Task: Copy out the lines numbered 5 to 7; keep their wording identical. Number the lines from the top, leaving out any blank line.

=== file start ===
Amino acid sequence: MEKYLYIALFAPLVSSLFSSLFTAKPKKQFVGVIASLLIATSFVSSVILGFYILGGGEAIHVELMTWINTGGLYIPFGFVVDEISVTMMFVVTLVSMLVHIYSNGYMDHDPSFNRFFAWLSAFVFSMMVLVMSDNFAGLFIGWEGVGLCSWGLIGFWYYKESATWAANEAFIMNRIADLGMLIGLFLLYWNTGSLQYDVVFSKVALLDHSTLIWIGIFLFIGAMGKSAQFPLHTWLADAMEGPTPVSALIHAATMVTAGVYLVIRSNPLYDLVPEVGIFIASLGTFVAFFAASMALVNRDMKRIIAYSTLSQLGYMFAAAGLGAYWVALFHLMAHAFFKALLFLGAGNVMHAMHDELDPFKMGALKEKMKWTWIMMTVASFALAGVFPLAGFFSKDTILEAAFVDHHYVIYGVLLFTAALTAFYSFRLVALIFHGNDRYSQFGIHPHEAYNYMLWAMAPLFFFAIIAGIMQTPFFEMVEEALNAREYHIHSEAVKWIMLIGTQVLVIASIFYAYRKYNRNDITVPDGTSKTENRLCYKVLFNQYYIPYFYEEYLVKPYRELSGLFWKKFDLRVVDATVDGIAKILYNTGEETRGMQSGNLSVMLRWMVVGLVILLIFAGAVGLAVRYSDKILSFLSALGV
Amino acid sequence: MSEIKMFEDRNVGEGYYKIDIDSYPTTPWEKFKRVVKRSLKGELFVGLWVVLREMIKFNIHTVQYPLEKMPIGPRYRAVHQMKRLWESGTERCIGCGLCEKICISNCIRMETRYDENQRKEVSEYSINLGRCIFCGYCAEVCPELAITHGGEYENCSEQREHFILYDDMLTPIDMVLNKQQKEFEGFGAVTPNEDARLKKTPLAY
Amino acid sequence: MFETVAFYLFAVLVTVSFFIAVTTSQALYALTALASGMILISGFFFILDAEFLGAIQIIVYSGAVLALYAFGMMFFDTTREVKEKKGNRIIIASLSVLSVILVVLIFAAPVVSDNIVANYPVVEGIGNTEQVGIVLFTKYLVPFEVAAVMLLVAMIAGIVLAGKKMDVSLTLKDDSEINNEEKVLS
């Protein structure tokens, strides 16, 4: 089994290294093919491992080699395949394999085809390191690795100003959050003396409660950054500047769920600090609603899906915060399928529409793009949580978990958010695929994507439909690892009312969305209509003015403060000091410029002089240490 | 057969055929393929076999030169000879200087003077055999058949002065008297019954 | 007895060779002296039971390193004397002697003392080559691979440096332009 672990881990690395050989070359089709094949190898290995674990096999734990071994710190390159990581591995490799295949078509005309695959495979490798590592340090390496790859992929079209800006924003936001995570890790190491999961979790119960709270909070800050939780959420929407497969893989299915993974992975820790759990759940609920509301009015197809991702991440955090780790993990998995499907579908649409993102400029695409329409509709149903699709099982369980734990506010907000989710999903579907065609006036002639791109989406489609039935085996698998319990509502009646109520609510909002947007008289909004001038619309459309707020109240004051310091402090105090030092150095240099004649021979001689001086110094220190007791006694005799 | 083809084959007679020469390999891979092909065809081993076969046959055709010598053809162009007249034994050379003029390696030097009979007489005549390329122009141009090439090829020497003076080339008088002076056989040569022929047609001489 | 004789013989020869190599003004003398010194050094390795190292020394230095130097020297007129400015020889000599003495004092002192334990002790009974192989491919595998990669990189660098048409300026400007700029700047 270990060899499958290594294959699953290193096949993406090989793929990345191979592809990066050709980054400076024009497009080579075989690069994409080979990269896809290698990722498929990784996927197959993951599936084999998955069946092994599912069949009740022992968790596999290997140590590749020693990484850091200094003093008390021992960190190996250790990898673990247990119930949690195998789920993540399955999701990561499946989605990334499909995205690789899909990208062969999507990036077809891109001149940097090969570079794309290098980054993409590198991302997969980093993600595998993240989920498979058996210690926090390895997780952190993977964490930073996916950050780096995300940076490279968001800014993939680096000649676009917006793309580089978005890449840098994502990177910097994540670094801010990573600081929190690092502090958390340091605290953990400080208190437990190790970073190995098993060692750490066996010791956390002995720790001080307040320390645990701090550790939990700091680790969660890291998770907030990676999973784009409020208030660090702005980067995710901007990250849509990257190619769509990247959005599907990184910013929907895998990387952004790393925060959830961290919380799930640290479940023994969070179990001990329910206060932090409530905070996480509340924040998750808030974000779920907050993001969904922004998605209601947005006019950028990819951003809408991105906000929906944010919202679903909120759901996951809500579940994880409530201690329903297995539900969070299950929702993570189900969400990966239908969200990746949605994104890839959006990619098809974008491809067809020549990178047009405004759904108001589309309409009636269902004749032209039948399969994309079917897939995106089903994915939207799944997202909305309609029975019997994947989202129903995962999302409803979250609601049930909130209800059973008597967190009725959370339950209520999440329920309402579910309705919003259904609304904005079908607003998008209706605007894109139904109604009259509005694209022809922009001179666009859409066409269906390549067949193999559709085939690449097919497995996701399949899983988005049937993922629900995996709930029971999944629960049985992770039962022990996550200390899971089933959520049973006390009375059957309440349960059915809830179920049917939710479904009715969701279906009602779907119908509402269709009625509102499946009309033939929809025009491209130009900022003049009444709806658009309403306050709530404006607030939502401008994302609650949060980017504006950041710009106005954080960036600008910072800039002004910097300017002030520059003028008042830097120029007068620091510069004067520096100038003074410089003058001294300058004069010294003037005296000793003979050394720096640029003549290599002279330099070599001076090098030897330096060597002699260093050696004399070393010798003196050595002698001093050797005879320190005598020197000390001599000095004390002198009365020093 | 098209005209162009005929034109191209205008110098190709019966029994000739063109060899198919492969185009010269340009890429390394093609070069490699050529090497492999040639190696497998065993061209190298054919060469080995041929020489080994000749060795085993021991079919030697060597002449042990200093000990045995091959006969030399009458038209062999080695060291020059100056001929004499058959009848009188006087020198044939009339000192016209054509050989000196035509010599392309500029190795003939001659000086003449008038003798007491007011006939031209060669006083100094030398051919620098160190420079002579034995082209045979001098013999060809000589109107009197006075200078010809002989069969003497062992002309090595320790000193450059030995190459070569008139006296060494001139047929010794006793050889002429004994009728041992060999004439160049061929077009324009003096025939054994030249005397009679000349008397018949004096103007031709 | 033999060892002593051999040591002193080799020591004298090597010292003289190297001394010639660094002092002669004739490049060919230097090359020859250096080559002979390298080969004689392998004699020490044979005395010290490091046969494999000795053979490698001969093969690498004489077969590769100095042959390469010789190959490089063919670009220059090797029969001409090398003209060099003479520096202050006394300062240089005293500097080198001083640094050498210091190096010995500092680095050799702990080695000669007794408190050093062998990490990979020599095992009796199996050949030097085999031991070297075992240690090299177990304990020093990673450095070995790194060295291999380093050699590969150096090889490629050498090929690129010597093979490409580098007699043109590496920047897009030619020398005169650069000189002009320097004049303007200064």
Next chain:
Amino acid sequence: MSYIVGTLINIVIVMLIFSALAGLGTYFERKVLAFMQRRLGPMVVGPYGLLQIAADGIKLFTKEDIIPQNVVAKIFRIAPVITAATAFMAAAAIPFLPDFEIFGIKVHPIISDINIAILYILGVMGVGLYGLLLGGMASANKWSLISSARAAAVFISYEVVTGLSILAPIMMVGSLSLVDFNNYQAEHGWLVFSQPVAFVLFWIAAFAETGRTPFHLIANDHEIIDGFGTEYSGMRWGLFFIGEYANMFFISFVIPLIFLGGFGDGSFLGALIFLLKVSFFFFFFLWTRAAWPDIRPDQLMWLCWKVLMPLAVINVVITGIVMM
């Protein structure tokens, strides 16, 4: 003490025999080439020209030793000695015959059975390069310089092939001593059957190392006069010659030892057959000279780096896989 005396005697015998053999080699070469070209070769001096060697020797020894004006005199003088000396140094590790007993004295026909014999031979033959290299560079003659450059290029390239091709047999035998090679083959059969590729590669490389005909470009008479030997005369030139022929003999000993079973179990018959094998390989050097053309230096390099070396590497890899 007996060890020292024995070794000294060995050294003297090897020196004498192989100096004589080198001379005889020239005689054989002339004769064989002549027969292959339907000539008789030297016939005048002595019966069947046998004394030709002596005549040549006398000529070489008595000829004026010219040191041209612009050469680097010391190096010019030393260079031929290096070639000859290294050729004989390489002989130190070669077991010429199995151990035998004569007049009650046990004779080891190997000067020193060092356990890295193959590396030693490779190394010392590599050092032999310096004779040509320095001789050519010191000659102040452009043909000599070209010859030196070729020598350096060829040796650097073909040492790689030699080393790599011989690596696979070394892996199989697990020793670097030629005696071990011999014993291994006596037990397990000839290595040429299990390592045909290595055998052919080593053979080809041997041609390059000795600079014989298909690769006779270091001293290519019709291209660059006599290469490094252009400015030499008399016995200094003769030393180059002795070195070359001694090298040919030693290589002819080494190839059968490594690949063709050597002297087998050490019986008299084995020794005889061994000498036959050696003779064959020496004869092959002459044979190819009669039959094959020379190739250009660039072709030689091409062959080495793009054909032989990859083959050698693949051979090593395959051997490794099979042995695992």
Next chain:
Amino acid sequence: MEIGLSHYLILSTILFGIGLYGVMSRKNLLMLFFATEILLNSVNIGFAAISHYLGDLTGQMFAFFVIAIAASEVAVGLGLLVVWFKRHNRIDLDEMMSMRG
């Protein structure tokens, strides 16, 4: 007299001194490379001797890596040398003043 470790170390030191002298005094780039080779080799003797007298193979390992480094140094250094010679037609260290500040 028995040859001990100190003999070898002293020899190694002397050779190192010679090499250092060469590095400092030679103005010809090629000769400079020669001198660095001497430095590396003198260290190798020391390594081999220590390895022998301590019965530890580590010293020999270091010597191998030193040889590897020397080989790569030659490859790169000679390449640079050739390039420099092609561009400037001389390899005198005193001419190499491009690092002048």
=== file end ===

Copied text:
Next chain:
Amino acid sequence: MSYIVGTLINIVIVMLIFSALAGLGTYFERKVLAFMQRRLGPMVVGPYGLLQIAADGIKLFTKEDIIPQNVVAKIFRIAPVITAATAFMAAAAIPFLPDFEIFGIKVHPIISDINIAILYILGVMGVGLYGLLLGGMASANKWSLISSARAAAVFISYEVVTGLSILAPIMMVGSLSLVDFNNYQAEHGWLVFSQPVAFVLFWIAAFAETGRTPFHLIANDHEIIDGFGTEYSGMRWGLFFIGEYANMFFISFVIPLIFLGGFGDGSFLGALIFLLKVSFFFFFFLWTRAAWPDIRPDQLMWLCWKVLMPLAVINVVITGIVMM
């Protein structure tokens, strides 16, 4: 003490025999080439020209030793000695015959059975390069310089092939001593059957190392006069010659030892057959000279780096896989 005396005697015998053999080699070469070209070769001096060697020797020894004006005199003088000396140094590790007993004295026909014999031979033959290299560079003659450059290029390239091709047999035998090679083959059969590729590669490389005909470009008479030997005369030139022929003999000993079973179990018959094998390989050097053309230096390099070396590497890899 007996060890020292024995070794000294060995050294003297090897020196004498192989100096004589080198001379005889020239005689054989002339004769064989002549027969292959339907000539008789030297016939005048002595019966069947046998004394030709002596005549040549006398000529070489008595000829004026010219040191041209612009050469680097010391190096010019030393260079031929290096070639000859290294050729004989390489002989130190070669077991010429199995151990035998004569007049009650046990004779080891190997000067020193060092356990890295193959590396030693490779190394010392590599050092032999310096004779040509320095001789050519010191000659102040452009043909000599070209010859030196070729020598350096060829040796650097073909040492790689030699080393790599011989690596696979070394892996199989697990020793670097030629005696071990011999014993291994006596037990397990000839290595040429299990390592045909290595055998052919080593053979080809041997041609390059000795600079014989298909690769006779270091001293290519019709291209660059006599290469490094252009400015030499008399016995200094003769030393180059002795070195070359001694090298040919030693290589002819080494190839059968490594690949063709050597002297087998050490019986008299084995020794005889061994000498036959050696003779064959020496004869092959002459044979190819009669039959094959020379190739250009660039072709030689091409062959080495793009054909032989990859083959050698693949051979090593395959051997490794099979042995695992």